Journal bearings execute a sliding motion between a bearing journal and a bearing shell. This sliding motion is usually lubricated by an intermediate medium. The damping effect of the lubricant in the bearing gap means journal bearings run particularly smoothly and quietly. Vibration and shock impact from gear wheels or crank mechanisms are also damped by journal bearings. They are widely used in piston engines, punches and presses as they are insensitive to high shock loads.
The MT 170 unit comprises a ground steel shaft and two horizontally split pedestal bearings. The journal bearings in MT 170 are grease-lubricated ones. Grease lubrication allows for a simple bearing construction. The upper bearing shell includes a lubrication fitting with a female thread to which a Stauffer lubricator can be screw-fitted by way of an intermediate pipe to supply the bearing with lubricant.
The face of the upper bearing shell, which is not subjected to load, contains a flat lubricating slot.
This distributes the grease over the full width of the bearing. The grease serves not only as a lubricant but also seals the bearing against external dirt and foreign bodies.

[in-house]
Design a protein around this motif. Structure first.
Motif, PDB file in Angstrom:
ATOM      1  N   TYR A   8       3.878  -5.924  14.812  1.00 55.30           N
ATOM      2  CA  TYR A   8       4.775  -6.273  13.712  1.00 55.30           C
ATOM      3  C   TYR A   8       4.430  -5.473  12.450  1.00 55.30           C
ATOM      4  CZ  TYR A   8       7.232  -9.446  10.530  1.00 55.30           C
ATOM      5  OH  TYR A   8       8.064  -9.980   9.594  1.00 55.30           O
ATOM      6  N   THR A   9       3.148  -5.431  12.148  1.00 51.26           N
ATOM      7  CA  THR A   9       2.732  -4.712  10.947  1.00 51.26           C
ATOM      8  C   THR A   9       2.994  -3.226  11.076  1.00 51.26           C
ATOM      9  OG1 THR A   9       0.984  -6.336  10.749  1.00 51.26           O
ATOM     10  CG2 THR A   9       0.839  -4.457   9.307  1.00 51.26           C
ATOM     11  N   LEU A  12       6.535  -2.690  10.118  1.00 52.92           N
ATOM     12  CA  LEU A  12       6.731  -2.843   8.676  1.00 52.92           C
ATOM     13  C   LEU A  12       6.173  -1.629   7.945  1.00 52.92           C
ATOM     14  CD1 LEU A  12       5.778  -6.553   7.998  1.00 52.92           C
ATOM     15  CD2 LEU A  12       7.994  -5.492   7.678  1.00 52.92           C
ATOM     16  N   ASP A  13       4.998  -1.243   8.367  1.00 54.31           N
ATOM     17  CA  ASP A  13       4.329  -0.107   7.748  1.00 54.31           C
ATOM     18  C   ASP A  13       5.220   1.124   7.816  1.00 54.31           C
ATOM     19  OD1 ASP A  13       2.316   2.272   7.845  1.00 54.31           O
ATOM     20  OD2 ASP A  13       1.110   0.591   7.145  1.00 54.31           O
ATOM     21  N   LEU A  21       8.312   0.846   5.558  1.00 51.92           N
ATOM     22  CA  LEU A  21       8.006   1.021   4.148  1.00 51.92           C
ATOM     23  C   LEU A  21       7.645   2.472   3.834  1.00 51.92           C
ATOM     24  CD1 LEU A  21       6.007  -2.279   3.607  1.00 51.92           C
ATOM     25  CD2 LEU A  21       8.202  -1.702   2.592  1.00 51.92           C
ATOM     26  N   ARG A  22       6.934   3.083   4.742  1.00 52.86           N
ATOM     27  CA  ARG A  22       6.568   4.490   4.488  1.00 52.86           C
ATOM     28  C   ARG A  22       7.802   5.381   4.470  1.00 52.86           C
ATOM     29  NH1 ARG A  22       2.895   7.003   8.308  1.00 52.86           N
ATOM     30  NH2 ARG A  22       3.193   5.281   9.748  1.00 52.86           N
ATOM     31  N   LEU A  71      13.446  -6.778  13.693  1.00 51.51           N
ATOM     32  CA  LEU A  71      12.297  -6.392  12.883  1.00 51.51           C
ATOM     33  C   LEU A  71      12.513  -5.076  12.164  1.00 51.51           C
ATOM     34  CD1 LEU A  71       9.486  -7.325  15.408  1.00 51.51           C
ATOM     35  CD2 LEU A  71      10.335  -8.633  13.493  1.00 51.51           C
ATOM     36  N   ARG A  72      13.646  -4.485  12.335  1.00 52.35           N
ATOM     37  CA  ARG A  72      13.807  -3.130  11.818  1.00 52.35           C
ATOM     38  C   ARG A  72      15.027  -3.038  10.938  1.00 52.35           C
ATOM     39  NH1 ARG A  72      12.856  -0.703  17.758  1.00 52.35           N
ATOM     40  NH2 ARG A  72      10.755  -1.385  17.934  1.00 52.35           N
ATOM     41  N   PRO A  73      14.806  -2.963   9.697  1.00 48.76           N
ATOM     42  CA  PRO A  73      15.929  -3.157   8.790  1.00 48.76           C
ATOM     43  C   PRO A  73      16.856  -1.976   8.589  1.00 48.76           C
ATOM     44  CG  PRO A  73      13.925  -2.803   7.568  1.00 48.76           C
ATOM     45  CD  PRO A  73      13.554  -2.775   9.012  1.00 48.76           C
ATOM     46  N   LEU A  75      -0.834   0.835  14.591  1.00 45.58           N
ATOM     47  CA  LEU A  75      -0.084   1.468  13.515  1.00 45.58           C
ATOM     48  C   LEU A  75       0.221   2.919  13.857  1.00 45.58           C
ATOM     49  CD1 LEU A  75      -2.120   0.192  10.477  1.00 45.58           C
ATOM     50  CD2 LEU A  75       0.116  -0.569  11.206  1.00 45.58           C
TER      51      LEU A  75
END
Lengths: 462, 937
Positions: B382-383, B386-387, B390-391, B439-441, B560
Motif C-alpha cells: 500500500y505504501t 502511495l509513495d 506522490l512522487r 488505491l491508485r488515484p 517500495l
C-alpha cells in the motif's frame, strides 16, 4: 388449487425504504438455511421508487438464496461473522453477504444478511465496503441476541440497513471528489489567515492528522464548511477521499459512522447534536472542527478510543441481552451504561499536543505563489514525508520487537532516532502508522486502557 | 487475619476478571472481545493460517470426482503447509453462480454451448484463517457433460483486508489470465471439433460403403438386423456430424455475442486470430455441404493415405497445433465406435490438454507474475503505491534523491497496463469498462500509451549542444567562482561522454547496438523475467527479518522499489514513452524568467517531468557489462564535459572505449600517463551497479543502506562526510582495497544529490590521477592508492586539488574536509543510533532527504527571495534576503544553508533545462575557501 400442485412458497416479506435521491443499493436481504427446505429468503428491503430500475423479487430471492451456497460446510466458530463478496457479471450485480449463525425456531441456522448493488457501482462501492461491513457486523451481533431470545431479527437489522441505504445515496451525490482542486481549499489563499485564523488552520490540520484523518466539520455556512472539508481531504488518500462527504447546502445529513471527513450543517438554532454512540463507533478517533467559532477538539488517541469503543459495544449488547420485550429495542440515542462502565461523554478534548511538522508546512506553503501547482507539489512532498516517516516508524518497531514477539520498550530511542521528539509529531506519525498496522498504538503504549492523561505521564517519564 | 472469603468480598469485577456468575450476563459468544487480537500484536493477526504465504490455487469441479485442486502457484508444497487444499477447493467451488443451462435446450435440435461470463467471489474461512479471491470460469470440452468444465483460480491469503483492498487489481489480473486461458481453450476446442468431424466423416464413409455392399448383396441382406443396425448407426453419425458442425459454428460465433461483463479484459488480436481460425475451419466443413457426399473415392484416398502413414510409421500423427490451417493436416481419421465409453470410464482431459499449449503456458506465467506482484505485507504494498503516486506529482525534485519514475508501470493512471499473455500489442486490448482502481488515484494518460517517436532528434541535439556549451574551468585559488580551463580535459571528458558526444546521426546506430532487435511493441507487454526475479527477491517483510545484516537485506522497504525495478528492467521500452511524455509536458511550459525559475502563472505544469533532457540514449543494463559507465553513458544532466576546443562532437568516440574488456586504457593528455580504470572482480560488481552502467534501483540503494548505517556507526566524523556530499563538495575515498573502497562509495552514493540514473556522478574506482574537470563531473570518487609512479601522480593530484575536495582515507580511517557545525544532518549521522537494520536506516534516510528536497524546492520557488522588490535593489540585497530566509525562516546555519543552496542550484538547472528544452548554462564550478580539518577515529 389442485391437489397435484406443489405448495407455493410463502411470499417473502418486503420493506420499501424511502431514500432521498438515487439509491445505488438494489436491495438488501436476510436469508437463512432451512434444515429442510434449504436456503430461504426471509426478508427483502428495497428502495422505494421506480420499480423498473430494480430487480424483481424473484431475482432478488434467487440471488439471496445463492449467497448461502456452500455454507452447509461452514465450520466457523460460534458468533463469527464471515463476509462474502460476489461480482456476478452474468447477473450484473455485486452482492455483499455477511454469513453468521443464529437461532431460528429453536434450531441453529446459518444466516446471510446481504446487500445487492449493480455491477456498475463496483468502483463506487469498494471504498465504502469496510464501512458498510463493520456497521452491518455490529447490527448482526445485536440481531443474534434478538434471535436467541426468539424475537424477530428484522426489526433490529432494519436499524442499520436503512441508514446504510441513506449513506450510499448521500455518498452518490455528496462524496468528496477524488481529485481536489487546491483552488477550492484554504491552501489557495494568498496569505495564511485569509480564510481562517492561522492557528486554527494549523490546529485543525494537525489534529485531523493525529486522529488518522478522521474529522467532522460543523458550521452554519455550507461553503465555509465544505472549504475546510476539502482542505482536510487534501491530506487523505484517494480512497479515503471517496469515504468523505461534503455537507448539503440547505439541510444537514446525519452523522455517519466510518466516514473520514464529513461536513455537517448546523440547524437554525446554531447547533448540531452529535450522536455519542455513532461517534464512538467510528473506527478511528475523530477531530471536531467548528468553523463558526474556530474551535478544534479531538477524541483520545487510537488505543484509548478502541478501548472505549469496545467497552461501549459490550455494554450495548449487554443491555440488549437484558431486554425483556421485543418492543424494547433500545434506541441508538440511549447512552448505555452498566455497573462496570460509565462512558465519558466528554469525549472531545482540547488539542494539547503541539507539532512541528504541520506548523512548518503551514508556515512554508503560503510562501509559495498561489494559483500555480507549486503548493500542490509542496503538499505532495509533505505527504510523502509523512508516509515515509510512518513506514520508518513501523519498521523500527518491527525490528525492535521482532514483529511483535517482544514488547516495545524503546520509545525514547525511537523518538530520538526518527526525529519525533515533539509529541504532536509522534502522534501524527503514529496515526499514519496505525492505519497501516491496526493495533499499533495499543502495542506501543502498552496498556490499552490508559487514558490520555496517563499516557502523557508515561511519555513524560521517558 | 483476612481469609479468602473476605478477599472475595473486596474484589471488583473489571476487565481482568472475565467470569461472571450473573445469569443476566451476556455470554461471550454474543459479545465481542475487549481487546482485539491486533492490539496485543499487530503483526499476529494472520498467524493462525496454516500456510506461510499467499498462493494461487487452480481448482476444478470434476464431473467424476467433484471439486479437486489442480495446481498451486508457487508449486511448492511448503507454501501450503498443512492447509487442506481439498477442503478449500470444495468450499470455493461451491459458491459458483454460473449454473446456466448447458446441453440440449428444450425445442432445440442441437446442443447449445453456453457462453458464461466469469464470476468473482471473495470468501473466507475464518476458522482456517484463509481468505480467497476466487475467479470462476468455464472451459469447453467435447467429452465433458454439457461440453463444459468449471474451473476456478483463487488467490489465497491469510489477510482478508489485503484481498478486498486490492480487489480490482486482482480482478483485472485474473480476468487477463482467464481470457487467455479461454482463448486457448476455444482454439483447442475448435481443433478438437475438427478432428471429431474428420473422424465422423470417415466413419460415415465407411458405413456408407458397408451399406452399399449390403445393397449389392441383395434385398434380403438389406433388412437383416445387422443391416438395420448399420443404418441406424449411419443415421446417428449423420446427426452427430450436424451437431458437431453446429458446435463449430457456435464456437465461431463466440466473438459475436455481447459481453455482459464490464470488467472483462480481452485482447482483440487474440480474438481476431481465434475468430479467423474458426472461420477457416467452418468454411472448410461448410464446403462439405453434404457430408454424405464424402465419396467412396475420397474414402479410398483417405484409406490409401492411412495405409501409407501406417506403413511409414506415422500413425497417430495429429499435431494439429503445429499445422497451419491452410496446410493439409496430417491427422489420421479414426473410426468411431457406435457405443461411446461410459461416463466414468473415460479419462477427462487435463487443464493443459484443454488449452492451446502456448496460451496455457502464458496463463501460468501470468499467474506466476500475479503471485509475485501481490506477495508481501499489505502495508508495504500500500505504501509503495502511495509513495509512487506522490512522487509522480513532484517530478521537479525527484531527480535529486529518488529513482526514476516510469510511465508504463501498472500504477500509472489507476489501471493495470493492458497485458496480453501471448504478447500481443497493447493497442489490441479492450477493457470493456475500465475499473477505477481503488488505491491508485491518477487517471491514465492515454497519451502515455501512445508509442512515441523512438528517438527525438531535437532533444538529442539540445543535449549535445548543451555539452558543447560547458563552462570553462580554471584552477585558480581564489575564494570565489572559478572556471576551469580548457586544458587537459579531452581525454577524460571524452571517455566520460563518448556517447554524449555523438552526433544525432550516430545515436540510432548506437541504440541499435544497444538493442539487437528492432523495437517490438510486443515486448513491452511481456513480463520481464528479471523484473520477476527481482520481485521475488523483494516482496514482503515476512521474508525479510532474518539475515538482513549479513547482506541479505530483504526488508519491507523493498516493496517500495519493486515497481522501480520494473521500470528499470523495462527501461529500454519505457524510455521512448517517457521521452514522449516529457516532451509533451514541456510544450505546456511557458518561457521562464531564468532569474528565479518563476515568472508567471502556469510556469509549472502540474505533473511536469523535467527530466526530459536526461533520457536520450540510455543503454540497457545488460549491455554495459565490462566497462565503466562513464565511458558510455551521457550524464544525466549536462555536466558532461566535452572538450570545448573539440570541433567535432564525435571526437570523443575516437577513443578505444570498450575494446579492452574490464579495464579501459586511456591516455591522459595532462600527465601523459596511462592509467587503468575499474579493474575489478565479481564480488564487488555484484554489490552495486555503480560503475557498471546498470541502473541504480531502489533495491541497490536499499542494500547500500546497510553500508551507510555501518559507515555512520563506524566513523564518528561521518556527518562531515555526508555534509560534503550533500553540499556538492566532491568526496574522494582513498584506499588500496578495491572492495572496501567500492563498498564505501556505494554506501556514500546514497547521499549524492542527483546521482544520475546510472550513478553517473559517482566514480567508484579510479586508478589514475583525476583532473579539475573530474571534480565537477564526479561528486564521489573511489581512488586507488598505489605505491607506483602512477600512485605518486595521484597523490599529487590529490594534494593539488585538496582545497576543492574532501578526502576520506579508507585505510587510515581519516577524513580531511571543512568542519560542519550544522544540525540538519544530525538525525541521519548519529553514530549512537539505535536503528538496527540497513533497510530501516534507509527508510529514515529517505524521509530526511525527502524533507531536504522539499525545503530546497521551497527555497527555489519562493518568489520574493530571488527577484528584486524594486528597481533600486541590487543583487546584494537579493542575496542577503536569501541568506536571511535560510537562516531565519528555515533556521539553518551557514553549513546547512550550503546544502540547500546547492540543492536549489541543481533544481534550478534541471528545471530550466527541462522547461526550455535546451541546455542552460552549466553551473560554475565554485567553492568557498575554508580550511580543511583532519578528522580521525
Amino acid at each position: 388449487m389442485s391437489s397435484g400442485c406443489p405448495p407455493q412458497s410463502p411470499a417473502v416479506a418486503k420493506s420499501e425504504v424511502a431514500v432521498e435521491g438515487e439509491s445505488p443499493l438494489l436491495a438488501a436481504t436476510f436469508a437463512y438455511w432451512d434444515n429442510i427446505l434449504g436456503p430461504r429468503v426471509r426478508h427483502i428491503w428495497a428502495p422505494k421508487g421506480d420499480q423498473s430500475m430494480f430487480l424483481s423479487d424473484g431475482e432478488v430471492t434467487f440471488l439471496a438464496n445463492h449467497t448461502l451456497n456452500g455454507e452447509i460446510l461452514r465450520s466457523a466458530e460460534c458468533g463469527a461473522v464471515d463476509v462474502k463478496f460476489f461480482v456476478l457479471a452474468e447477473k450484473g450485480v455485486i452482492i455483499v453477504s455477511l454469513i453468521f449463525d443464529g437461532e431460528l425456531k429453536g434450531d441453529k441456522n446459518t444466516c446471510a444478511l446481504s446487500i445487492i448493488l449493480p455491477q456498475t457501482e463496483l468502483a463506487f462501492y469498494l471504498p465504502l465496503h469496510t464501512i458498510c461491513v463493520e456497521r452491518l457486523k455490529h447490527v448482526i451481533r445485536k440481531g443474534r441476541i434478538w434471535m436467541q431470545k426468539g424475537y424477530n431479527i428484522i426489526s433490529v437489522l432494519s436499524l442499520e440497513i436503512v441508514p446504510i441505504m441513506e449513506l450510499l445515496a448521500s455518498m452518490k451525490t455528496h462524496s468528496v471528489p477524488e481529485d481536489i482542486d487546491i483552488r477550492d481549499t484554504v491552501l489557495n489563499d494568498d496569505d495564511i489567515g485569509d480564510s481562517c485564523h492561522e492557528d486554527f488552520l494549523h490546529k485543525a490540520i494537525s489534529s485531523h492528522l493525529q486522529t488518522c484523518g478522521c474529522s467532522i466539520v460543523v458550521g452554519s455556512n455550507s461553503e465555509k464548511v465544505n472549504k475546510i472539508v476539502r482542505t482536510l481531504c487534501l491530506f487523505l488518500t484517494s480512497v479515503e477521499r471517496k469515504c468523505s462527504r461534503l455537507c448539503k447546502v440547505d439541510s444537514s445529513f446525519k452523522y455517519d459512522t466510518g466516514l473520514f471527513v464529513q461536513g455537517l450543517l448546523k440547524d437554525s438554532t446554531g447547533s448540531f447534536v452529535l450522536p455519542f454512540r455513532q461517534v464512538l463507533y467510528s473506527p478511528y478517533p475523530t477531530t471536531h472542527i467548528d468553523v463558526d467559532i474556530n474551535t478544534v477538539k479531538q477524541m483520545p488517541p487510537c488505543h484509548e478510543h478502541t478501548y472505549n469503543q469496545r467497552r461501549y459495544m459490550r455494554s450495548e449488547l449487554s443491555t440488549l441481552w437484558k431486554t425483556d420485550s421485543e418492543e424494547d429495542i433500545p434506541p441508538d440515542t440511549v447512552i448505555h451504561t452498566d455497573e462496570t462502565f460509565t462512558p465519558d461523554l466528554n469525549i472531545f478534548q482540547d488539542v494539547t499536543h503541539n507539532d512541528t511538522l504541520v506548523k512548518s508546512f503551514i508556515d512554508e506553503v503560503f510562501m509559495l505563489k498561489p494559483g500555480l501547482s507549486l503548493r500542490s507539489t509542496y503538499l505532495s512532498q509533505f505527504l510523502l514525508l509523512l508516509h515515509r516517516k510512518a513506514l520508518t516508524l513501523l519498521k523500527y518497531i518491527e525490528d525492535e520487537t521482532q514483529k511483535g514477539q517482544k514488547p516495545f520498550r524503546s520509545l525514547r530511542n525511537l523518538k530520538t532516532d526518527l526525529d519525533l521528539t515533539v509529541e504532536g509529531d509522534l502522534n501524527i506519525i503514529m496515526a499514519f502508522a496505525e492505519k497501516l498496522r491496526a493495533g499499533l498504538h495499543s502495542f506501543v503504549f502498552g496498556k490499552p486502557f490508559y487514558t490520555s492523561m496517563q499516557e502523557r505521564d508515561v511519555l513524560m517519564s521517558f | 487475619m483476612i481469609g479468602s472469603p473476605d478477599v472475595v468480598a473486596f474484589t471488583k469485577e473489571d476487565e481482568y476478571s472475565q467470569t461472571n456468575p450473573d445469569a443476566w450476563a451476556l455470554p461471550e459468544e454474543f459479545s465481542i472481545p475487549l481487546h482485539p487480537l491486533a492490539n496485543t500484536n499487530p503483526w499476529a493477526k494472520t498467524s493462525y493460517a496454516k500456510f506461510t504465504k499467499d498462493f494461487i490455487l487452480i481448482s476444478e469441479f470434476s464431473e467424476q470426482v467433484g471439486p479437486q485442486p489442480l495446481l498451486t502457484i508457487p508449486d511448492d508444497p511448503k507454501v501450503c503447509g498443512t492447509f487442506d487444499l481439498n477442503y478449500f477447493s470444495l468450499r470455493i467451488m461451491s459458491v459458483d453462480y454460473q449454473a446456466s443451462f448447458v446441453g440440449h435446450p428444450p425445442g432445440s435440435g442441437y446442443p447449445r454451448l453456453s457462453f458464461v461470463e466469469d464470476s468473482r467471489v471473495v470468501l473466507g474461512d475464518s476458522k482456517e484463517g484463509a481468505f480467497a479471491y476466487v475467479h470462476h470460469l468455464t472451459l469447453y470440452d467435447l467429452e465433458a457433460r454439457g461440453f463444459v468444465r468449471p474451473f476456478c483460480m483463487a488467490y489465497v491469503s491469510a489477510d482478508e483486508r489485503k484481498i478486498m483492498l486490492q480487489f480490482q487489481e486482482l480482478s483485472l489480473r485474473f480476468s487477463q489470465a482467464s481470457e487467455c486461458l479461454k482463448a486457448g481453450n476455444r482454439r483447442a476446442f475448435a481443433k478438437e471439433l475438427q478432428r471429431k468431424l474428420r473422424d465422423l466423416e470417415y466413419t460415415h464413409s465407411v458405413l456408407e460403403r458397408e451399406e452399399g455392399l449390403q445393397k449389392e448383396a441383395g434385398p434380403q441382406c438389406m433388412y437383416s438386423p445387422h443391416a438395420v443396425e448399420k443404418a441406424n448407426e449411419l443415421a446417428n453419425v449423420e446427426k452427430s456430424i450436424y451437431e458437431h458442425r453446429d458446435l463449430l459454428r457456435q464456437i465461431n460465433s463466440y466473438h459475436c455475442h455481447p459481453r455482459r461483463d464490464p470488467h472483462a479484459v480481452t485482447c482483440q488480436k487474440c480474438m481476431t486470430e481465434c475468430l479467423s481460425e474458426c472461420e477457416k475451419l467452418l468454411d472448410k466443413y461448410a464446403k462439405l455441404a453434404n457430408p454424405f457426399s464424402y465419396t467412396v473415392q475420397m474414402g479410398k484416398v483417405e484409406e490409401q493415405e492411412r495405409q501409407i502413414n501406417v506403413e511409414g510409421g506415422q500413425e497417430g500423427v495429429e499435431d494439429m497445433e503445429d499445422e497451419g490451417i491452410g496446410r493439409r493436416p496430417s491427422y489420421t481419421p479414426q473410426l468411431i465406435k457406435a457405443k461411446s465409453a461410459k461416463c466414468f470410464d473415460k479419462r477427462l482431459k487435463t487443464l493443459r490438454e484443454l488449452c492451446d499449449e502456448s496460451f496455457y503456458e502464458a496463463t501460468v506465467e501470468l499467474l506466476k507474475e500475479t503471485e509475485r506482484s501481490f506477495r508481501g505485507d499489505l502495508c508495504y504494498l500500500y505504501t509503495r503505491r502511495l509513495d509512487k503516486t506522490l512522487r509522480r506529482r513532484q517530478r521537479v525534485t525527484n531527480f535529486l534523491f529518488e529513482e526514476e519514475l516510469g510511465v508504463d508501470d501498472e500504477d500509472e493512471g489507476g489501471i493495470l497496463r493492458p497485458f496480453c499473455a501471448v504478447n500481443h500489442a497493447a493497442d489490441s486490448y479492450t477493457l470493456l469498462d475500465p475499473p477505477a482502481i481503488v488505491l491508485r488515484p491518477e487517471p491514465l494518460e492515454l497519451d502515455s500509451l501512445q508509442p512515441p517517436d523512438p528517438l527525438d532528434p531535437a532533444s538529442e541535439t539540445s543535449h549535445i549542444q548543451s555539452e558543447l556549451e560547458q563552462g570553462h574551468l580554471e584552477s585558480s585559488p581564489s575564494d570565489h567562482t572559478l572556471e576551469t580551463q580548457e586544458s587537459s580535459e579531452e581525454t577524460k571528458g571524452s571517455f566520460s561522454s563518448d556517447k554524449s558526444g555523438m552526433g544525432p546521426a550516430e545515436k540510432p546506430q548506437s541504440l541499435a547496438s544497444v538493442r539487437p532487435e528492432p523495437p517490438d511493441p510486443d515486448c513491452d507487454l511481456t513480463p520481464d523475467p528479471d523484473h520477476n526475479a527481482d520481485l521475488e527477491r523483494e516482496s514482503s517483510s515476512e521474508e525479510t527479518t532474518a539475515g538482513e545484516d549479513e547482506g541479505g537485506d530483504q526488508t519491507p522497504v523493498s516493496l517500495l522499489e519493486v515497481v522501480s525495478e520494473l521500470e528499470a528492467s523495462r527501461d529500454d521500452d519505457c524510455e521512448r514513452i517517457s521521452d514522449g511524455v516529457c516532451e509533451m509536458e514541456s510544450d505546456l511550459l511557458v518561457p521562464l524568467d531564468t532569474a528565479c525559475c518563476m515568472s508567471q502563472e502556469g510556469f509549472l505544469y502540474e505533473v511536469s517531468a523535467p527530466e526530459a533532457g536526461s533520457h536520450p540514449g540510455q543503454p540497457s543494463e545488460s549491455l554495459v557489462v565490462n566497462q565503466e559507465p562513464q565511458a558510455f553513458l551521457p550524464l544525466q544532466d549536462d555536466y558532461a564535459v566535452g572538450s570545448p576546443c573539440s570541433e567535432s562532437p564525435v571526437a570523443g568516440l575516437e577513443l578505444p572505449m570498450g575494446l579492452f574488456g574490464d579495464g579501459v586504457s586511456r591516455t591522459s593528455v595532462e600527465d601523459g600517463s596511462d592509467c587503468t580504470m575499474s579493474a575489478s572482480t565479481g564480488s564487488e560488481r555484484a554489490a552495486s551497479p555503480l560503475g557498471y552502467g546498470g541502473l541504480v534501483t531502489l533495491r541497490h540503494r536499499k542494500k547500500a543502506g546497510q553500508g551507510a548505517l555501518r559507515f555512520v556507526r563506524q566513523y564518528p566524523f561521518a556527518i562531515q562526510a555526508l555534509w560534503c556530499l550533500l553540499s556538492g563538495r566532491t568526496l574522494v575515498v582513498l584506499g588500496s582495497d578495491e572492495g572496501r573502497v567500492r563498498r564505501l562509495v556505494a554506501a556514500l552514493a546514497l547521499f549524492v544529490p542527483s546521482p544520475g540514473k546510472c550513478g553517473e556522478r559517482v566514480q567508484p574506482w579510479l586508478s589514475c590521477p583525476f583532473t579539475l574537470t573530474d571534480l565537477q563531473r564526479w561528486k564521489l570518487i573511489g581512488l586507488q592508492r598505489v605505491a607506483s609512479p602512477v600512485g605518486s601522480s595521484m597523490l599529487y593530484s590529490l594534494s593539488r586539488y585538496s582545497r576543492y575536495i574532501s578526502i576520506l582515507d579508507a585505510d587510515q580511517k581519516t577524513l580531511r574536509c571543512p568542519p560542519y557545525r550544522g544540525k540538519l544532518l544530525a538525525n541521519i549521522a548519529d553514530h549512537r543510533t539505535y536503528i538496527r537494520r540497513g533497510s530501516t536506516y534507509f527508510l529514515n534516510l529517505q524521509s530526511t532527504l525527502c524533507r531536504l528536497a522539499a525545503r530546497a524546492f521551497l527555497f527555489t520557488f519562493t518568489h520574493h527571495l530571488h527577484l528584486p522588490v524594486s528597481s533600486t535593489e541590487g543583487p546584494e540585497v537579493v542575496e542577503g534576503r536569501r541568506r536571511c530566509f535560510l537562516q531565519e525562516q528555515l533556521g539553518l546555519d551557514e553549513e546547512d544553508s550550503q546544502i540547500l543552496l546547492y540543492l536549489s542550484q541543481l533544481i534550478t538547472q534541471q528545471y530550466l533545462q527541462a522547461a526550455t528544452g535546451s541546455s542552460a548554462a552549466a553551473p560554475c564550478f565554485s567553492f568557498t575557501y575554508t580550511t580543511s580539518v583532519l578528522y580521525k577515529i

The MT 170 kit is part of the GUNT-Practice Line for assembly, maintenance and repair, which has been designed for technical colleges and company training centres. The close link between theory and practice-based learning content is evident.
MT 170 enables a simple journal bearing to be assembled and disassembled. Students become familiar with all the components and how they work. The individual parts are laid out clearly and are well protected in a tool box. The accompanying material details the individual steps involved in assembly, and provides additional information on the areas of application, mode of operation and design of the journal bearing.